7. Systematic review of the literature on clinical and experimental trials on the antitumor effects of cannabinoids in gliomas. (January 2014) – https://www.ncbi.nlm.nih.gov/pubmed/24142199
  8. Quantitative Analyses of Synergistic Responses between Cannabidiol and DNA-Damaging Agents on the Proliferation and Viability of Glioblastoma and Neural Progenitor Cells in Culture. (January 2017) – https://www.ncbi.nlm.nih.gov/pubmed/27821713
  9. Regulation of human glioblastoma cell death by combined treatment of cannabidiol, γ-radiation and small molecule inhibitors of cell signaling pathways. (May 2017) – https://www.ncbi.nlm.nih.gov/pubmed/29088769

Breast

  1. Antitumor activity of plant cannabinoids with emphasis on the effect of cannabidiol on human breast carcinoma. (September 2006) – https://www.ncbi.nlm.nih.gov/pubmed/16728591
  2. especially as a novel inhibitor of Id-1 gene expression in aggressive breast cancer cells. (November 2007) – https://www.ncbi.nlm.nih.gov/pubmed/18025276
  3. Cannabidiol induces programmed cell death in breast cancer cells by coordinating the cross-talk between apoptosis and autophagy. (July 2011) – https://www.ncbi.nlm.nih.gov/pubmed/21566064
  4. Pathways mediating the effects of cannabidiol on the reduction of breast cancer cell proliferation, invasion, and metastasis. (August 2011) – https://www.ncbi.nlm.nih.gov/pubmed/20859676
  5. Cannabidiolic acid, a major cannabinoid in fiber-type cannabis, is an inhibitor of MDA-MB-231 breast cancer cell migration. (November 2012) – https://www.ncbi.nlm.nih.gov/pubmed/22963825
  6. Modulation of the tumor microenvironment and inhibition of EGF/EGFR pathway: novel anti-tumor mechanisms of Cannabidiol in breast cancer. (April 2015) – https://www.ncbi.nlm.nih.gov/pubmed/25660577
  7. Cannabidiolic acid-mediated selective down-regulation of c-fos in highly aggressive breast cancer MDA-MB-231 cells: possible involvement of its down-regulation in the abrogation of aggressiveness. (January 2017) – https://www.ncbi.nlm.nih.gov/pubmed/27530354
  8. Novel mechanism of cannabidiol-induced apoptosis in breast cancer cell lines. (June 2018) – https://www.ncbi.nlm.nih.gov/pubmed/30007266

Colon/Rectal

  1. Induction of apoptosis by cannabinoids in prostate and colon cancer cells is phosphatase dependent. (November 2011) – https://www.ncbi.nlm.nih.gov/pubmed/22110202
  2. Chemopreventive effect of the non-psychotropic phytocannabinoid cannabidiol on experimental colon cancer. (August 2012) – https://www.ncbi.nlm.nih.gov/pubmed/22231745
  3. GPR55 promotes migration and adhesion of colon cancer cells indicating a role in metastasis. (January 2016) – https://www.ncbi.nlm.nih.gov/pubmed/26436760
  4. Cannabidiol and palmitoylethanolamide are anti-inflammatory in the acutely inflamed human colon. (October 2017) – https://www.ncbi.nlm.nih.gov/pubmed/28954820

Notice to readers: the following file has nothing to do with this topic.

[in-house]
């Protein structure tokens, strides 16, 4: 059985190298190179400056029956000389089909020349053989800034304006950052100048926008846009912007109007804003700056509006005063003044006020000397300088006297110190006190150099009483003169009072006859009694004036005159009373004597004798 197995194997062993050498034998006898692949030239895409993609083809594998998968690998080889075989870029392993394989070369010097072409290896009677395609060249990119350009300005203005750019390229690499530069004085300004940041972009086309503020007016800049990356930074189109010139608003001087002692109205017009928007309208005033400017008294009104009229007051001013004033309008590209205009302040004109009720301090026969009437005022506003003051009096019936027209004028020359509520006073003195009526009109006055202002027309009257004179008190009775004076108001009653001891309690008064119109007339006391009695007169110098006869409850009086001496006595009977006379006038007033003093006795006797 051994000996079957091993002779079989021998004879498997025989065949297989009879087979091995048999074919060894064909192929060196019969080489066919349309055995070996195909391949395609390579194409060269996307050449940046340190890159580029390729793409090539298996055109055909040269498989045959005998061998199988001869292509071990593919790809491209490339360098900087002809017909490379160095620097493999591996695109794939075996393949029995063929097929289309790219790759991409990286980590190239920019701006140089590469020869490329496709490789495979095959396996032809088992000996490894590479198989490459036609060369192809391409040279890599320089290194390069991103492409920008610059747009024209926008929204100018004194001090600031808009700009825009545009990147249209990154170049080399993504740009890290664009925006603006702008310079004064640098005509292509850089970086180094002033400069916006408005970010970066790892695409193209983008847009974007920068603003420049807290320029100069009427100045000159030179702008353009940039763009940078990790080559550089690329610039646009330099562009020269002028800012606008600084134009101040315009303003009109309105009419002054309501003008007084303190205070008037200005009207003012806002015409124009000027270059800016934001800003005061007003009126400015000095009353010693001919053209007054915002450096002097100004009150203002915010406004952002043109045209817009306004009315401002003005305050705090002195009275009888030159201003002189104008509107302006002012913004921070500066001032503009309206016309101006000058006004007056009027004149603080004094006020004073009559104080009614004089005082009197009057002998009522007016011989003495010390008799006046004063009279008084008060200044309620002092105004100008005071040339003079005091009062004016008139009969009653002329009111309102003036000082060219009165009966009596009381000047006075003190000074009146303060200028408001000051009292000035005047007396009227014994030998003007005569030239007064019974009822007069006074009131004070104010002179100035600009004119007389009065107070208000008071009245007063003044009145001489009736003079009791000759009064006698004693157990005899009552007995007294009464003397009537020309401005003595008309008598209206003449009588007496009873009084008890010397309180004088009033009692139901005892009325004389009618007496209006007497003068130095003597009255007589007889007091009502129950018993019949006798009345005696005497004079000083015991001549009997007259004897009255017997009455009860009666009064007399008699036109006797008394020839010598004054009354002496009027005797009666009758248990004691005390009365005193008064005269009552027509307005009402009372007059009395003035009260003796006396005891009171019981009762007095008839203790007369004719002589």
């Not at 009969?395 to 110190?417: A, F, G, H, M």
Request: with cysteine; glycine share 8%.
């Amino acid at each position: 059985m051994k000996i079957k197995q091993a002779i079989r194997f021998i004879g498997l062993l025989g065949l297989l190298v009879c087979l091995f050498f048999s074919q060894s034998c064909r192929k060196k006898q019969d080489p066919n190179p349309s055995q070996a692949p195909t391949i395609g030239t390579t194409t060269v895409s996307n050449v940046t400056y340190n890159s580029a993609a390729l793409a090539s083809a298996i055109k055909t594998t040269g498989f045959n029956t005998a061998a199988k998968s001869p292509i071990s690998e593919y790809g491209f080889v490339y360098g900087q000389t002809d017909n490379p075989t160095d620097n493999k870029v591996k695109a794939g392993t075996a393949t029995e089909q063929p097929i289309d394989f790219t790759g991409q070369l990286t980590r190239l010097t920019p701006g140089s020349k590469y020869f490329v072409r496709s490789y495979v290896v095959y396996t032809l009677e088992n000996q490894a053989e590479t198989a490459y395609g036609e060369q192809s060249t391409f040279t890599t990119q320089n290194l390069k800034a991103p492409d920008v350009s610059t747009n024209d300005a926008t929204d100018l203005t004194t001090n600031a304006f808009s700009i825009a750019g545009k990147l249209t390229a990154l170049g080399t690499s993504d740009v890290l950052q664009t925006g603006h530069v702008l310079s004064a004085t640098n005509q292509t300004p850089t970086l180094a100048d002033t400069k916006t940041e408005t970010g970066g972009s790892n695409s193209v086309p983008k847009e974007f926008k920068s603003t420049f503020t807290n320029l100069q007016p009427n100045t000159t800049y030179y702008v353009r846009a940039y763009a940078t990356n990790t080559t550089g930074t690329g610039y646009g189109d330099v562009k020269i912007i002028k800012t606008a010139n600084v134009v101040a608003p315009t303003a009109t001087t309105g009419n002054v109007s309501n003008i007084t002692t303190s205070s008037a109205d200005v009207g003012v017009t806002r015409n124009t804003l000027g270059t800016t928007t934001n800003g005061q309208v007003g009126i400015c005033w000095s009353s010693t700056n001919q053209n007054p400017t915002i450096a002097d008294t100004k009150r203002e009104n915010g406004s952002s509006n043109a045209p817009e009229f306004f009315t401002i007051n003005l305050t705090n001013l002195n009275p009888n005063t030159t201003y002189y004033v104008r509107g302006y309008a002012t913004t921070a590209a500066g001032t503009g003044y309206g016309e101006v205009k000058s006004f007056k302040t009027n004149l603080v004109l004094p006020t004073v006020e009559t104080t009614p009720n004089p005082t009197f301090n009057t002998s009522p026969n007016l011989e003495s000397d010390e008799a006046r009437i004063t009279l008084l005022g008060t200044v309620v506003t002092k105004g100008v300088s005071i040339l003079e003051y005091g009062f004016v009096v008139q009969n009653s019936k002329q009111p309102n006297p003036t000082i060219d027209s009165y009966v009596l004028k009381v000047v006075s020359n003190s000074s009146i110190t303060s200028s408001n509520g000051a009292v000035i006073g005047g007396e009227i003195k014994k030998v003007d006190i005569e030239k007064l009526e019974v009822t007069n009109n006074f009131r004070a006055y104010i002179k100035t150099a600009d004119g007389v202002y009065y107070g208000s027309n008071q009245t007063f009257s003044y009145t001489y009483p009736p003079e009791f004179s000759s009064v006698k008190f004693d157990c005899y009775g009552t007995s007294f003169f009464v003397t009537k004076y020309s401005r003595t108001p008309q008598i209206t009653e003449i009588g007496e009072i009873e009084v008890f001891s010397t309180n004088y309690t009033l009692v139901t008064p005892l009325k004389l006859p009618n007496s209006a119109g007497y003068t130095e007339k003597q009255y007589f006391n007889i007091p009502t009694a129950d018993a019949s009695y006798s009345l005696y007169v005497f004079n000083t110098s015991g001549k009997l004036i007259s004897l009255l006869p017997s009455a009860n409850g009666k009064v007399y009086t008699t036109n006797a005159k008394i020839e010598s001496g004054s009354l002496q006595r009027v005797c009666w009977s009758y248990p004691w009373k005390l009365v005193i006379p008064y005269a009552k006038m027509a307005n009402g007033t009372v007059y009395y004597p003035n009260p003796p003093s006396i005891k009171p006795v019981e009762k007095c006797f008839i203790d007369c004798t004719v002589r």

Leukemia

  1. Cannabidiol-induced apoptosis in human leukemia cells: A novel role of cannabidiol in the regulation of p22phox and Nox4 expression (September 2006) – https://www.ncbi.nlm.nih.gov/pubmed/16754784
  2. Cannabidiol for the Prevention of Graft-versus-Host-Disease after Allogeneic Hematopoietic Cell Transplantation: Results of a Phase II Study. (October 2015) – https://www.ncbi.nlm.nih.gov/pubmed/26033282
  3. Cannabidiol Reduces Leukemic Cell Size – But Is It Important? (March 2017) – https://www.ncbi.nlm.nih.gov/pubmed/28392768
  4. Anticancer effects of phytocannabinoids used with chemotherapy in leukaemia cells can be improved by altering the sequence of their administration. (July 2017) – https://www.ncbi.nlm.nih.gov/pubmed/28560402

Lung

  1. Decrease of plasminogen activator inhibitor-1 may contribute to the anti-invasive action of cannabidiol on human lung cancer cells. (October 2010) – https://www.ncbi.nlm.nih.gov/pubmed/20668920
  2. Cannabidiol inhibits lung cancer cell invasion and metastasis via intercellular adhesion molecule-1. (April 2012) – https://www.ncbi.nlm.nih.gov/pubmed/22198381
  3. COX-2 and PPAR-γ confer cannabidiol-induced apoptosis of human lung cancer cells. (January 2013) – https://www.ncbi.nlm.nih.gov/pubmed/23220503
  4. Cannabinoids increase lung cancer cell lysis by lymphokine-activated killer cells via upregulation of ICAM-1. (November 2014) – https://www.ncbi.nlm.nih.gov/pubmed/25069049

Pancreatic

  1. GPR55 signaling promotes proliferation of pancreatic cancer cells and tumor growth in mice, and its inhibition increases effects of gemcitabine. (July 2018) – https://www.ncbi.nlm.nih.gov/pubmed/30061636

Prostate

  1. Towards the use of non-psychoactive cannabinoids for prostate cancer. (January 2013) – https://www.ncbi.nlm.nih.gov/pubmed/22849856
  2. Non-THC cannabinoids inhibit prostate carcinoma growth in vitro and in vivo: pro-apoptotic effects and underlying mechanisms. (January 2013) – https://www.ncbi.nlm.nih.gov/pubmed/22594963

Salivary Gland

  1. Suppression of invasion and metastasis in aggressive salivary cancer cells through targeted inhibition of ID1 gene expression. (July 2016) – https://www.ncbi.nlm.nih.gov/pubmed/27087608

Skin (Melanoma)

  1. Anticancer activity of anandamide in human cutaneous melanoma cells. (October 2013) – https://www.ncbi.nlm.nih.gov/pubmed/24041928
  2. Exploiting cannabinoid-induced cytotoxic autophagy to drive melanoma cell death. (June 2015) – https://www.ncbi.nlm.nih.gov/pubmed/25674907

The contents of this page are not medical advice. Please seek professional medical assistance for any condition and before starting, stoping, or changing medication or supplements.